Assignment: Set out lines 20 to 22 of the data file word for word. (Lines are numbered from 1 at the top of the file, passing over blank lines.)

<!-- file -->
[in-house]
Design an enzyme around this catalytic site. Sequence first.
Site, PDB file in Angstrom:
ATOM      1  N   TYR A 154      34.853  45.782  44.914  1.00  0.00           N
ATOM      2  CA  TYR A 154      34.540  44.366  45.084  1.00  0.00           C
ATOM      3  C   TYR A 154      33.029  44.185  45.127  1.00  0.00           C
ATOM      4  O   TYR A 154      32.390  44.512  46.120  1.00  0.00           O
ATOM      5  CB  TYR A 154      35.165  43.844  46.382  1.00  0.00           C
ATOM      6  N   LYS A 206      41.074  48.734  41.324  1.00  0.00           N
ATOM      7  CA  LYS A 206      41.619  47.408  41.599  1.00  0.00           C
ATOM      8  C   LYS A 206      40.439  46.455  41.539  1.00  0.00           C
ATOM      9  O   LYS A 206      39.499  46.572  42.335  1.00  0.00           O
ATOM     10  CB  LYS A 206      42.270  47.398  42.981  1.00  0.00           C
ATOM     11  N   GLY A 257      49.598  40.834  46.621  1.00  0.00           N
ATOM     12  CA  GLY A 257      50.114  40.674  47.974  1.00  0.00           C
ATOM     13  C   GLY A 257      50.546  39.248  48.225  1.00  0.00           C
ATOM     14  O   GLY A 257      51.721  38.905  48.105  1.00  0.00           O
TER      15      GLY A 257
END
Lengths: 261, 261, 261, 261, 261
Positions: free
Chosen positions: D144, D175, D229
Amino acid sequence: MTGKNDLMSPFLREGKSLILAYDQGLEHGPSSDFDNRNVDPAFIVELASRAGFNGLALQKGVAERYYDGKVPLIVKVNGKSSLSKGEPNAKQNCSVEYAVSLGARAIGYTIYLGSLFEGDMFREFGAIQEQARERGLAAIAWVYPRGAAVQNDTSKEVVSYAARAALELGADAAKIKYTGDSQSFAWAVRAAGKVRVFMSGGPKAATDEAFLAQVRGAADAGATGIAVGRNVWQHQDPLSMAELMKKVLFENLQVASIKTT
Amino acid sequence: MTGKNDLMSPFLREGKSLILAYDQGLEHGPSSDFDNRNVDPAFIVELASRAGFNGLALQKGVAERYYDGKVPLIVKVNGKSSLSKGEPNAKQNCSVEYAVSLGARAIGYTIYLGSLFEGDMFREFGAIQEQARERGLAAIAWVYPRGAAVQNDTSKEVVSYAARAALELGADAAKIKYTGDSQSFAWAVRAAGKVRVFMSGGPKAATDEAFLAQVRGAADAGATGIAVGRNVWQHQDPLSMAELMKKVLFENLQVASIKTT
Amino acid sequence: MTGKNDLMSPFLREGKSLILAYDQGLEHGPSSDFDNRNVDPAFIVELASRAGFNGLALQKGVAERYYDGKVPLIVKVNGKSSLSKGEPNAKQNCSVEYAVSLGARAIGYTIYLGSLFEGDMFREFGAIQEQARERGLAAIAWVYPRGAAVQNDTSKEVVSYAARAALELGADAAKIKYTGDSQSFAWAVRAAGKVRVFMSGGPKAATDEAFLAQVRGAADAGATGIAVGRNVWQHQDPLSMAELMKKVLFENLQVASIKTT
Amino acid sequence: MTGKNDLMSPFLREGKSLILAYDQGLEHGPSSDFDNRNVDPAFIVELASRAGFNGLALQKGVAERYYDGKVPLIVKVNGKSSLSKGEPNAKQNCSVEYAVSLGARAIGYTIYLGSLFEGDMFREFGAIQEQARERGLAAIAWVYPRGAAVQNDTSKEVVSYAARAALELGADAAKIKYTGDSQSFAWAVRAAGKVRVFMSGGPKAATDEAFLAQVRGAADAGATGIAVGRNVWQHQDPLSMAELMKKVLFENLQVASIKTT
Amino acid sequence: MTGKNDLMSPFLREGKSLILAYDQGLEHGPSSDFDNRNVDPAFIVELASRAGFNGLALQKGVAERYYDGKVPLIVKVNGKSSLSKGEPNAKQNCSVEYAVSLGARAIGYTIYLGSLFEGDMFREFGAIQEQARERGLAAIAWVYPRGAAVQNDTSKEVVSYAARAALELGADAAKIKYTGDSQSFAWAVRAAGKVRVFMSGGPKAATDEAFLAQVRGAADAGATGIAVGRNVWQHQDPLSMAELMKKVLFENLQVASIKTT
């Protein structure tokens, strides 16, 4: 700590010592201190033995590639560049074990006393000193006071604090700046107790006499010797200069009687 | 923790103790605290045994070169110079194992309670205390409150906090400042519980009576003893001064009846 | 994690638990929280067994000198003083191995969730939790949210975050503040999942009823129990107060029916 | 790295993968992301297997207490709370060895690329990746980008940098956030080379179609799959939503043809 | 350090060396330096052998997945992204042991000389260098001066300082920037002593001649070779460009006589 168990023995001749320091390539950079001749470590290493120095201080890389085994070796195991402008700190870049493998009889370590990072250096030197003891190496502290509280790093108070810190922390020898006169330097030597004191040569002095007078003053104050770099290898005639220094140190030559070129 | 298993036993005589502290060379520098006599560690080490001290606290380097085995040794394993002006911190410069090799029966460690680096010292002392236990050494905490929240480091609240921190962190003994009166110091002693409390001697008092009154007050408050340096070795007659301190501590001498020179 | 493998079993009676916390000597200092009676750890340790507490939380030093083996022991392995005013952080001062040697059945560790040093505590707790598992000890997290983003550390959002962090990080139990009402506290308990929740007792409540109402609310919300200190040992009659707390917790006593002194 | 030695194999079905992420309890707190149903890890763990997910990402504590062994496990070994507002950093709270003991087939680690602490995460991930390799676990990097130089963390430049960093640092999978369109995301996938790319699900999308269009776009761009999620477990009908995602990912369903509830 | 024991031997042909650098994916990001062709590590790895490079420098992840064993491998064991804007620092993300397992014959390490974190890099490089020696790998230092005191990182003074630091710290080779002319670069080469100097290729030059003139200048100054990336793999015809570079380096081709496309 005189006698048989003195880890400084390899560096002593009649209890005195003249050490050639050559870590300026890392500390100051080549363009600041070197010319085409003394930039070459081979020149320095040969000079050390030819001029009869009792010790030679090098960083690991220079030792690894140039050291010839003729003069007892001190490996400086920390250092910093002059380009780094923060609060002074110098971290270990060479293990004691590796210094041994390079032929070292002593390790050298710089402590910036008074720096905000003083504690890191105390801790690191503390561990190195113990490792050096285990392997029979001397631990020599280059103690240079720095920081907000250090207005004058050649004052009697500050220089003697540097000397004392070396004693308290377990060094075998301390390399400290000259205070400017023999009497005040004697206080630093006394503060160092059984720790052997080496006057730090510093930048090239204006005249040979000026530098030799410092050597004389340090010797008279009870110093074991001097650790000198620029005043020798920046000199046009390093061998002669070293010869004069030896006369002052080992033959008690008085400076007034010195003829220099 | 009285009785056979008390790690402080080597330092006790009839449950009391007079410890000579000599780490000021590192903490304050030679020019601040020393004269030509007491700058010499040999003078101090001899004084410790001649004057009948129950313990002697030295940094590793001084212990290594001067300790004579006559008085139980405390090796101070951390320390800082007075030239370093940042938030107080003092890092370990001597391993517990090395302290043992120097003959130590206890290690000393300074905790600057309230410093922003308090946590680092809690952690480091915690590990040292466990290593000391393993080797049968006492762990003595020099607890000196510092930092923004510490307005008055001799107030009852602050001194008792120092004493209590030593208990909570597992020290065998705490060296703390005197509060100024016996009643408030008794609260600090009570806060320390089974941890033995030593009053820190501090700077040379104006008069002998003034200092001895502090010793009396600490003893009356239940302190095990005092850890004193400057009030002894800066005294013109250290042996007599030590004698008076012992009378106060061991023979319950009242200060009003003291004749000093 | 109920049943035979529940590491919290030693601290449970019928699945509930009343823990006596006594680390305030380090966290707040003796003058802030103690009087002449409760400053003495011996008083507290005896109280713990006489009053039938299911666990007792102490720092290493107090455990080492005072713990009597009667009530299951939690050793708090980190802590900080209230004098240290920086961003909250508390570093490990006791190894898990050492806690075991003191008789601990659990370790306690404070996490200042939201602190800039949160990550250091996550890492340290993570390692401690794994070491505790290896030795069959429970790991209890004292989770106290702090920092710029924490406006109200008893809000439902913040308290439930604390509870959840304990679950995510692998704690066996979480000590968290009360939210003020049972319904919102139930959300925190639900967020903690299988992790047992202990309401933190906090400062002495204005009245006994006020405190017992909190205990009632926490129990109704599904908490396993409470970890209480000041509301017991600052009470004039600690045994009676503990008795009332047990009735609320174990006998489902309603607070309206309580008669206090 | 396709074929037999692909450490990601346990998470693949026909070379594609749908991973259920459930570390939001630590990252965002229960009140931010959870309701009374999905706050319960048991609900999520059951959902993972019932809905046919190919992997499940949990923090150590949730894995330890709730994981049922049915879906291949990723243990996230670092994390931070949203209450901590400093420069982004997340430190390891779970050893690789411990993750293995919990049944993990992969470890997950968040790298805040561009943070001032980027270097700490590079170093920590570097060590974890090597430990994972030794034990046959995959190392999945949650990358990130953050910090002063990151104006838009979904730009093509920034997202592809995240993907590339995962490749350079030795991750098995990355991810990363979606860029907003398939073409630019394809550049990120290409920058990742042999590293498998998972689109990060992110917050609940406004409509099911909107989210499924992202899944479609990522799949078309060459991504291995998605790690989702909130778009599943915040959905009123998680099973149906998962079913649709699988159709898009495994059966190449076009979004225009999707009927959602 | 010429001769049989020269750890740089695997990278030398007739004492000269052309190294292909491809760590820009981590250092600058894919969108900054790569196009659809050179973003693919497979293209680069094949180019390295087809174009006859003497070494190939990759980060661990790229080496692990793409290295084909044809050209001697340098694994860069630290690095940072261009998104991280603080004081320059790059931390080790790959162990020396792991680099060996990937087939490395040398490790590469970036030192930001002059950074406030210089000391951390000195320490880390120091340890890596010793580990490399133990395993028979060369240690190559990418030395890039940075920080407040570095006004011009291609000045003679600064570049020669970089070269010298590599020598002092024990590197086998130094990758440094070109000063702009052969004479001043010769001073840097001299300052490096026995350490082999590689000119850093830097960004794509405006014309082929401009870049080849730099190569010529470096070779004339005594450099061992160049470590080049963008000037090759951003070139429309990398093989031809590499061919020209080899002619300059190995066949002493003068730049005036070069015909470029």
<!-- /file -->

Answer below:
Lengths: 261, 261, 261, 261, 261
Positions: free
Chosen positions: D144, D175, D229